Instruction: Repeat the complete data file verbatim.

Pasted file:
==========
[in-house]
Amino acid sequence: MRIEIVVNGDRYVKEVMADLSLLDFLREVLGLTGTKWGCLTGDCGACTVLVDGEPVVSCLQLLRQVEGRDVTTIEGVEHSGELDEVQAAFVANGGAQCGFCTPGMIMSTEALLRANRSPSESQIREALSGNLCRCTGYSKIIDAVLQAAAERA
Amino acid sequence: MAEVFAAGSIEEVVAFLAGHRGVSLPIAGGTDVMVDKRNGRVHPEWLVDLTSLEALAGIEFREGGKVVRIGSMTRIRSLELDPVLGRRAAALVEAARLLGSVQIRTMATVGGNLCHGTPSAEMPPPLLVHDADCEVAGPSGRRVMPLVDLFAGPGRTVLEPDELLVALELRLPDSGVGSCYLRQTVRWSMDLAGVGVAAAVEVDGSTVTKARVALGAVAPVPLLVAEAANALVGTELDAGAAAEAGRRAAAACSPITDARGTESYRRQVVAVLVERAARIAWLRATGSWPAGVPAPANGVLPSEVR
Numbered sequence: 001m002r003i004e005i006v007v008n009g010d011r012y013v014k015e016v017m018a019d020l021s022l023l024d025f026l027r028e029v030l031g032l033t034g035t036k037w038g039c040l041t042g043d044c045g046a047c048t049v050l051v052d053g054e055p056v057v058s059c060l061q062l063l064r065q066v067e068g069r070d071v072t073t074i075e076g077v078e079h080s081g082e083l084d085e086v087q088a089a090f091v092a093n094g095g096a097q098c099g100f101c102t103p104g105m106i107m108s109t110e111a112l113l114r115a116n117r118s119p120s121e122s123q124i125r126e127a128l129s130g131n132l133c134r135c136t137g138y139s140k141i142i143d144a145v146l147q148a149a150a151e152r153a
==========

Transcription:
[in-house]
Amino acid sequence: MRIEIVVNGDRYVKEVMADLSLLDFLREVLGLTGTKWGCLTGDCGACTVLVDGEPVVSCLQLLRQVEGRDVTTIEGVEHSGELDEVQAAFVANGGAQCGFCTPGMIMSTEALLRANRSPSESQIREALSGNLCRCTGYSKIIDAVLQAAAERA
Amino acid sequence: MAEVFAAGSIEEVVAFLAGHRGVSLPIAGGTDVMVDKRNGRVHPEWLVDLTSLEALAGIEFREGGKVVRIGSMTRIRSLELDPVLGRRAAALVEAARLLGSVQIRTMATVGGNLCHGTPSAEMPPPLLVHDADCEVAGPSGRRVMPLVDLFAGPGRTVLEPDELLVALELRLPDSGVGSCYLRQTVRWSMDLAGVGVAAAVEVDGSTVTKARVALGAVAPVPLLVAEAANALVGTELDAGAAAEAGRRAAAACSPITDARGTESYRRQVVAVLVERAARIAWLRATGSWPAGVPAPANGVLPSEVR
Numbered sequence: 001m002r003i004e005i006v007v008n009g010d011r012y013v014k015e016v017m018a019d020l021s022l023l024d025f026l027r028e029v030l031g032l033t034g035t036k037w038g039c040l041t042g043d044c045g046a047c048t049v050l051v052d053g054e055p056v057v058s059c060l061q062l063l064r065q066v067e068g069r070d071v072t073t074i075e076g077v078e079h080s081g082e083l084d085e086v087q088a089a090f091v092a093n094g095g096a097q098c099g100f101c102t103p104g105m106i107m108s109t110e111a112l113l114r115a116n117r118s119p120s121e122s123q124i125r126e127a128l129s130g131n132l133c134r135c136t137g138y139s140k141i142i143d144a145v146l147q148a149a150a151e152r153a